Turkish parliament accepts first part of security bill

Turkish parliament’s general assembly accepts first 20 articles of 132-article domestic security package.

Turkish parliament accepts first part of security bill

World Bulletin / News Desk

The Turkish parliament’s general assembly accepted Wednesday the first part of the highly-debated domestic security bill, which, if passed, would give enhanced powers to police.

A tense atmosphere surrounded the discussions over the bill in the past two weeks, as parliament saw two brawls between MPs, which left several injured. 

According to the bill, police will be able to use weapons against those who attack schools, public buildings and places of worship with Molotov bombs, explosives, flammable, suffocating and other weapons.

In meetings or demonstrations, protesters are not allowed to carry “fireworks, Molotovs, iron balls and straps.”

Those who cover their faces partly or entirely during demonstrations that turn into a propaganda march for a terrorist organization will be sentenced to up to five years in prison, the bill says.

The government sees the measures as compliant with EU norms, while opposition parties reject it outright, saying it would erode freedoms and rights in the country.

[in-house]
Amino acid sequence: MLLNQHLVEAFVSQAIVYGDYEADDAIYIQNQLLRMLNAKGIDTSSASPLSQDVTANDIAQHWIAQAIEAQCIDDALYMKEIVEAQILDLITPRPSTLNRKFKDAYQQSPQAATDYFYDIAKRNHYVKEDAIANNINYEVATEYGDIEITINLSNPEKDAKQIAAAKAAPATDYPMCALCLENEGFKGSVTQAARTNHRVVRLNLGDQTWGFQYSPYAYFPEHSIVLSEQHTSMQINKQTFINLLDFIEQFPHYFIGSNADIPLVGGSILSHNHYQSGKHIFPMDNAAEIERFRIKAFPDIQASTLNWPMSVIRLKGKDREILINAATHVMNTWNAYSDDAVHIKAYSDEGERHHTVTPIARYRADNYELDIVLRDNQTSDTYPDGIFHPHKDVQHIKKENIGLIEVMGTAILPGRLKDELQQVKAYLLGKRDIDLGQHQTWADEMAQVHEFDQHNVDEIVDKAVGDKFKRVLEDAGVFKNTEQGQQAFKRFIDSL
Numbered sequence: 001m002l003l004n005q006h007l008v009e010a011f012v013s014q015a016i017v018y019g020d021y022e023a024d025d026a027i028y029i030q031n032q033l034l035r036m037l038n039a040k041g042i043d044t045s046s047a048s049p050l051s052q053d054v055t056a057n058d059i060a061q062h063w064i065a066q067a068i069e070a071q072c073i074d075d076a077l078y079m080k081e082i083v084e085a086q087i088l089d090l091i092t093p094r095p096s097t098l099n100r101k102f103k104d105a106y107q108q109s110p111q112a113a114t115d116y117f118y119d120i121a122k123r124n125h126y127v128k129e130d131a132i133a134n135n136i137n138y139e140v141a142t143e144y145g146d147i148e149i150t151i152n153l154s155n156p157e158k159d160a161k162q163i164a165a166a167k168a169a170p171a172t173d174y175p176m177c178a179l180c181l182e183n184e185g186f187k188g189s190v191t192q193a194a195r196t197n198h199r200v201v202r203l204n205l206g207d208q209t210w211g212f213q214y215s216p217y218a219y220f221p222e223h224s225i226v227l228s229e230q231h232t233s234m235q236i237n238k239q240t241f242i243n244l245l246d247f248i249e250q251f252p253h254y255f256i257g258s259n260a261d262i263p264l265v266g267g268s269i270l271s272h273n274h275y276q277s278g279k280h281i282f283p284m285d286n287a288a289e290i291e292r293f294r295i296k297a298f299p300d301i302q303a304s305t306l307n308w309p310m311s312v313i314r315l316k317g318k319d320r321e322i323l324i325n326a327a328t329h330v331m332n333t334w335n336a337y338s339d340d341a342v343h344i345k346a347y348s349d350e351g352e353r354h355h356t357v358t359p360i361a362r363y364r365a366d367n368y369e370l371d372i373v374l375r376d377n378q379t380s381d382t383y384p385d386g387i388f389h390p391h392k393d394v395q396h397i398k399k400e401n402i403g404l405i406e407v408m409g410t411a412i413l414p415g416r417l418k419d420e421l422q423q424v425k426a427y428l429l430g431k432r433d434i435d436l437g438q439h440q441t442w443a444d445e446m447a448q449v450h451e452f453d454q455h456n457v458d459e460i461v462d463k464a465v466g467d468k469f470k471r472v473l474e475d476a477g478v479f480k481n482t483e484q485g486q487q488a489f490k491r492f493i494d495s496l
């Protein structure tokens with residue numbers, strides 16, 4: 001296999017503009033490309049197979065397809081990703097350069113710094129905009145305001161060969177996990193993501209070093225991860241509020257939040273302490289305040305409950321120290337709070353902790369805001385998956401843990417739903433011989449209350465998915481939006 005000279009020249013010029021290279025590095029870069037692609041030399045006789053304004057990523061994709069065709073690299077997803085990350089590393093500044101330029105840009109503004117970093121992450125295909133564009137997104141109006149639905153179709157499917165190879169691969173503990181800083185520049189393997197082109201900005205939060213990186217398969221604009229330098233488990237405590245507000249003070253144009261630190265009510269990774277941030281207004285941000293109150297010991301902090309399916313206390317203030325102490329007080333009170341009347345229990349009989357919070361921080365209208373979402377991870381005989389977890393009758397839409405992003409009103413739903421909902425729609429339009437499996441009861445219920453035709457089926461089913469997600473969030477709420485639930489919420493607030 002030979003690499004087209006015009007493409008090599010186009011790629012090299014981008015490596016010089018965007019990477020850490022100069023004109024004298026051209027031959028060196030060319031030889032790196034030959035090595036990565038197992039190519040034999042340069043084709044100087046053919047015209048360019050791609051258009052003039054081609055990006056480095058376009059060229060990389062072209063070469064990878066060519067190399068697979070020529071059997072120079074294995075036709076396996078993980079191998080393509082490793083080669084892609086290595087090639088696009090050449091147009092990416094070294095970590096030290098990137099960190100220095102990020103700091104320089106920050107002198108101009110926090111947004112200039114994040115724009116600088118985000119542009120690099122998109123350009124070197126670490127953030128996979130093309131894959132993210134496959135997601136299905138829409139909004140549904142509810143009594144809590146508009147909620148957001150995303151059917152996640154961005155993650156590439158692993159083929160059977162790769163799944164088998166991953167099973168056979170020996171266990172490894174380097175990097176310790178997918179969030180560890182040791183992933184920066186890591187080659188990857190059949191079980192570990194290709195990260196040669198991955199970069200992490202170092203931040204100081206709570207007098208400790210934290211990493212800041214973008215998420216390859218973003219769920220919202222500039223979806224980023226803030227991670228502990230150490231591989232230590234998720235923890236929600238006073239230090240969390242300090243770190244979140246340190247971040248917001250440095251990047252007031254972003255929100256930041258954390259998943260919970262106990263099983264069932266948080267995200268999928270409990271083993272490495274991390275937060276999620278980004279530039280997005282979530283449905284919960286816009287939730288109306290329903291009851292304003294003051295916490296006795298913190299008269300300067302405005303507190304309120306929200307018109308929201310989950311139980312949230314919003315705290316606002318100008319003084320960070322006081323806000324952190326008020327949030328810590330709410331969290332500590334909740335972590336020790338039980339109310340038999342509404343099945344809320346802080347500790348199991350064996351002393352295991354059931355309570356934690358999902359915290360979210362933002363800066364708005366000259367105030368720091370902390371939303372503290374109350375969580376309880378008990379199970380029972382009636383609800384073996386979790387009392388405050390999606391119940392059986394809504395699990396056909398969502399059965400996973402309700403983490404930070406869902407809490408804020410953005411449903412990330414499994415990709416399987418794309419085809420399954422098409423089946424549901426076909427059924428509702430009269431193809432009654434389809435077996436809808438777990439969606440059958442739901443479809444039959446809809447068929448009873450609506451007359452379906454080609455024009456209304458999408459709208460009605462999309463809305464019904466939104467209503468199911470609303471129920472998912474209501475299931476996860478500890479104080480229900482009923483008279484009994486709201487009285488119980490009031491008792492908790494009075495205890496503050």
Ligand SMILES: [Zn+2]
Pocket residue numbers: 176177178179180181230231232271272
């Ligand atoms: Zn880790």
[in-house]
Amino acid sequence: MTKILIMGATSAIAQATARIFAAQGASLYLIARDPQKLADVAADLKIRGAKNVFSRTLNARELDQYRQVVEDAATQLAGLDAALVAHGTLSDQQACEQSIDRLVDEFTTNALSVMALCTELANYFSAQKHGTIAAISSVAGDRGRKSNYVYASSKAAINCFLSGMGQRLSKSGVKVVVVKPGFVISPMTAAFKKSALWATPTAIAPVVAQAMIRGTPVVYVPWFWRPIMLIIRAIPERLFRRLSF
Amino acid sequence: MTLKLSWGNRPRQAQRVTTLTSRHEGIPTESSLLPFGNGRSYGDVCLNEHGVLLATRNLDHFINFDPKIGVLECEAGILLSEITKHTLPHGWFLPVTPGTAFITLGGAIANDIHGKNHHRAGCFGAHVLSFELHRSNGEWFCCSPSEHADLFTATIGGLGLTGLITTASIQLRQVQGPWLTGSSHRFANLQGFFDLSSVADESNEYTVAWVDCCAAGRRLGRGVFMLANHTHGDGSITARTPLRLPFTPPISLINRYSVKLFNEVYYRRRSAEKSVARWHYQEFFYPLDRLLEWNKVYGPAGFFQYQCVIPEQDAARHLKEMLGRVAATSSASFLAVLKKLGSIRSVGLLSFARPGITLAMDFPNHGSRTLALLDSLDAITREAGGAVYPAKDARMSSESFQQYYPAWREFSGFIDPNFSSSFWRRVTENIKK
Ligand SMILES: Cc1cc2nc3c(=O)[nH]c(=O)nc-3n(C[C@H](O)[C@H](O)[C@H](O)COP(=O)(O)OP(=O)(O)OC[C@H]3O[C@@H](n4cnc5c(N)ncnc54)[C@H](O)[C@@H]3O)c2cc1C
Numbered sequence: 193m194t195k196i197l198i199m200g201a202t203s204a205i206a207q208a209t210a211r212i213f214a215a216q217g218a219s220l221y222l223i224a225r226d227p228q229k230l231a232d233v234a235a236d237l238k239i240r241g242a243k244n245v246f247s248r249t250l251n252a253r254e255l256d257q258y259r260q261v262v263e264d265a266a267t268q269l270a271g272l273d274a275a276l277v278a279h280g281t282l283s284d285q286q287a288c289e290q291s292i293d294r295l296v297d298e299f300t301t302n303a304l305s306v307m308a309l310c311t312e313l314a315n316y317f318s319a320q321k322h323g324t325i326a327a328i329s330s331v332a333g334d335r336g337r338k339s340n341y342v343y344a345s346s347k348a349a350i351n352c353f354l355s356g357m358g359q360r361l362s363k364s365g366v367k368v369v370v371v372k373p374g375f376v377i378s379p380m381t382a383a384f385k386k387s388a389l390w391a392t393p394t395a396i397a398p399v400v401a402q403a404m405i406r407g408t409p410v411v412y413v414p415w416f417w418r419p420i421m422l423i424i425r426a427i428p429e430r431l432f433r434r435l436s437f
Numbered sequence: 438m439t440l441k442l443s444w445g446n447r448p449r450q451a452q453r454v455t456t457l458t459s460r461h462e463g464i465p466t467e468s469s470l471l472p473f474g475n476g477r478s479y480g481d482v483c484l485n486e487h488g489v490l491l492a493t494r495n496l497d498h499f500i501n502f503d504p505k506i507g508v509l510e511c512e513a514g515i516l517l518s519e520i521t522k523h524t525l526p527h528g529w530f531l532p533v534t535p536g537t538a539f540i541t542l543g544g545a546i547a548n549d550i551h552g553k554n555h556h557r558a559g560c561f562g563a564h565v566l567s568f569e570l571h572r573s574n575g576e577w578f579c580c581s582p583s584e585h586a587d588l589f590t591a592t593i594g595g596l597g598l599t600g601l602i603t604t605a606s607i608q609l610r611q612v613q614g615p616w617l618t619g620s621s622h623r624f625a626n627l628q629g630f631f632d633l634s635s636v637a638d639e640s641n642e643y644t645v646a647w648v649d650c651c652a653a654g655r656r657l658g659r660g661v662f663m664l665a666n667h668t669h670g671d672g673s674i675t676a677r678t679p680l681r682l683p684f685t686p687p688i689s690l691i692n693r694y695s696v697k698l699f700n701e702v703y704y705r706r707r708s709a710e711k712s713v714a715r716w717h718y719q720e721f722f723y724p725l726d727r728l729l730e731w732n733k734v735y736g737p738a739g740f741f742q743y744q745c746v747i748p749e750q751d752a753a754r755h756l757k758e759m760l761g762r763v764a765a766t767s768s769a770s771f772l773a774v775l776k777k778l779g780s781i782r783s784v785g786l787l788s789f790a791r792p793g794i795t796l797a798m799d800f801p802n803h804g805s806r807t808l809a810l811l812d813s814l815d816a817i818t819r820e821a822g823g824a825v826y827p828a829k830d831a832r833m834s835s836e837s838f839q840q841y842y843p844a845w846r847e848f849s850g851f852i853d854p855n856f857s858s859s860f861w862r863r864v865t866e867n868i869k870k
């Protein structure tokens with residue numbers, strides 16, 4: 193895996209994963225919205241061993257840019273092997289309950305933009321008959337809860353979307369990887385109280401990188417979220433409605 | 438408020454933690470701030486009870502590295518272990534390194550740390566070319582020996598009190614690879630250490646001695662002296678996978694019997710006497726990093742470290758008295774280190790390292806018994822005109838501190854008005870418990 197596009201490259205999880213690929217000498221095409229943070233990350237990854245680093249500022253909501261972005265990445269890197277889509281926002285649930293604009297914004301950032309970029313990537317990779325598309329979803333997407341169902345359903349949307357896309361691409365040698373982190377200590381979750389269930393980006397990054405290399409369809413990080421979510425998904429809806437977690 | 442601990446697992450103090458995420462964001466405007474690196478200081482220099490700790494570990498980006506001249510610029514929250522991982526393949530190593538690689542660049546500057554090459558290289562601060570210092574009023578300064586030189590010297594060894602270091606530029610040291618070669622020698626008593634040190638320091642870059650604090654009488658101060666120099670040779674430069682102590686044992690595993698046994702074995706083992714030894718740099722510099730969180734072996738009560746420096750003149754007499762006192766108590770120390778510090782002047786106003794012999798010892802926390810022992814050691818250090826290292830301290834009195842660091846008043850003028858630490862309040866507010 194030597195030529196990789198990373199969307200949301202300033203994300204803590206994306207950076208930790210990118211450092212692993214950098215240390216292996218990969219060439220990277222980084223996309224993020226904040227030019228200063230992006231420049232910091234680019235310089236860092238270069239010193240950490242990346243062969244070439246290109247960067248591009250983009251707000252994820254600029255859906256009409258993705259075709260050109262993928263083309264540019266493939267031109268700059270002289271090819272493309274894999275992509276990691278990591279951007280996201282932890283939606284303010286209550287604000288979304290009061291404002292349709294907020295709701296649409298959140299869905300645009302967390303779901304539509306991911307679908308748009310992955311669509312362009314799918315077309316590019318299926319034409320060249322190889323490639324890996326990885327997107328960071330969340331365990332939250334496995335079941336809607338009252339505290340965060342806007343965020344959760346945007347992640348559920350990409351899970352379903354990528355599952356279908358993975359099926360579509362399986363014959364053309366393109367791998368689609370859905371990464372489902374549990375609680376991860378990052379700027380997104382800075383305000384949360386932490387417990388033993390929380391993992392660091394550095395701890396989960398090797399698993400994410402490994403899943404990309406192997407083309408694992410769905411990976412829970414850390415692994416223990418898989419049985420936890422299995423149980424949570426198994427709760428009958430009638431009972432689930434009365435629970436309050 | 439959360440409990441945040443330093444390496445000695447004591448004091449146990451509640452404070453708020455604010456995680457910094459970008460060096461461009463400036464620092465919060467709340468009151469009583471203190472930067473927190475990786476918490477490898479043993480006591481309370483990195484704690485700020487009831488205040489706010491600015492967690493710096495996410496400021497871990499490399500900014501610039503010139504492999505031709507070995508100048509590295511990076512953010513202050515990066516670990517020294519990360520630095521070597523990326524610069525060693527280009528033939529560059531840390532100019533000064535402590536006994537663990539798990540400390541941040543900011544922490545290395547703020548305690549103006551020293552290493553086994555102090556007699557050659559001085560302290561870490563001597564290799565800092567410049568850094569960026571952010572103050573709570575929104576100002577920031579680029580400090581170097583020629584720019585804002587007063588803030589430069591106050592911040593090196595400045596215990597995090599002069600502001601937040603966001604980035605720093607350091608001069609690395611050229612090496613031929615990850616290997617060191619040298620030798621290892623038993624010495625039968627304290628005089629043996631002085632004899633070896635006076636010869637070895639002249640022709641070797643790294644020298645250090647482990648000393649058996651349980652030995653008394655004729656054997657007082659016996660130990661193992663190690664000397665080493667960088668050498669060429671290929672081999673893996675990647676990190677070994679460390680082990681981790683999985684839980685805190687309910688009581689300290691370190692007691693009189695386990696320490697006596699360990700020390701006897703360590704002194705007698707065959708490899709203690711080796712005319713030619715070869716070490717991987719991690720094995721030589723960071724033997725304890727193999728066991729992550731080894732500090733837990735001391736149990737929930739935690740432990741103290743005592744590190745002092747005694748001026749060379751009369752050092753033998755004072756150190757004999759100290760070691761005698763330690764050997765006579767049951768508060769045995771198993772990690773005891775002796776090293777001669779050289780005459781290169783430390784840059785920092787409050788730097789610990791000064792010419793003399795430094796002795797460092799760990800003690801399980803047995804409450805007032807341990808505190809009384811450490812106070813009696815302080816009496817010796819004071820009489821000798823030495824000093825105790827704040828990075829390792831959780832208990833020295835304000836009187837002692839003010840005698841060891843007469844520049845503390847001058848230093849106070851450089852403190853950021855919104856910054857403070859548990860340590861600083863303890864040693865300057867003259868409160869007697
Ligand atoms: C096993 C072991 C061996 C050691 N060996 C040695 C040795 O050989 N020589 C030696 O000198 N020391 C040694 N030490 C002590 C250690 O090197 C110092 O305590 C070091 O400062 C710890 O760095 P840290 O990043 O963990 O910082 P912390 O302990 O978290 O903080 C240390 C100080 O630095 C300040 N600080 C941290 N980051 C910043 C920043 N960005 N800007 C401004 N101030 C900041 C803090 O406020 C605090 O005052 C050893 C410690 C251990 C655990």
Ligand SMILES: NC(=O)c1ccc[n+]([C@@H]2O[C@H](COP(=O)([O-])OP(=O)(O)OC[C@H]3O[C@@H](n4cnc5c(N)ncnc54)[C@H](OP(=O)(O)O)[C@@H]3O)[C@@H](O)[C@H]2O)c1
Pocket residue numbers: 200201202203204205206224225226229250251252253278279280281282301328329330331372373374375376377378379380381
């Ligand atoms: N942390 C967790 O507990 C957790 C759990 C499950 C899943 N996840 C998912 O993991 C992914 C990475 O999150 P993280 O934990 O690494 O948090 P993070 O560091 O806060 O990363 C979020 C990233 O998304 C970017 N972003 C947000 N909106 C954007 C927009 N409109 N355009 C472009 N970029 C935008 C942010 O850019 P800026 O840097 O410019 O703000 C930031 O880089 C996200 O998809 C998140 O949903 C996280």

Opposition parties pledged to not allow the bill to pass, but they can only delay it until March, when parliament goes on break ahead of the June 7 general elections.

The security bill was devised following extensive rioting in Turkey last autumn.

Protests in Turkey's southeastern provinces in October 2014, sparked because of claims the Turkish government was allegedly not doing enough to save the Syrian Kurdish town of Kobani from Daesh (the Arabic acronym for ISIL), left 40 people dead.

Turkish President Recep Tayyip Erdogan defended the security bill on Sunday, saying opposing it would be similar to criticizing the fight against terrorism.

Meanwhile, Turkish PM Ahmet Davutoglu said Monday that the Turkish parliament will approve the bill under any circumstances.

"The new security bill will be approved by the Turkish parliament to protect freedom and provide security," Davutoglu said.

The general assembly of the Turkish parliament will resume voting on other parts of the bill on Wednesday afternoon.


Güncelleme Tarihi: 25 Şubat 2015, 15:34

Muhammed Öylek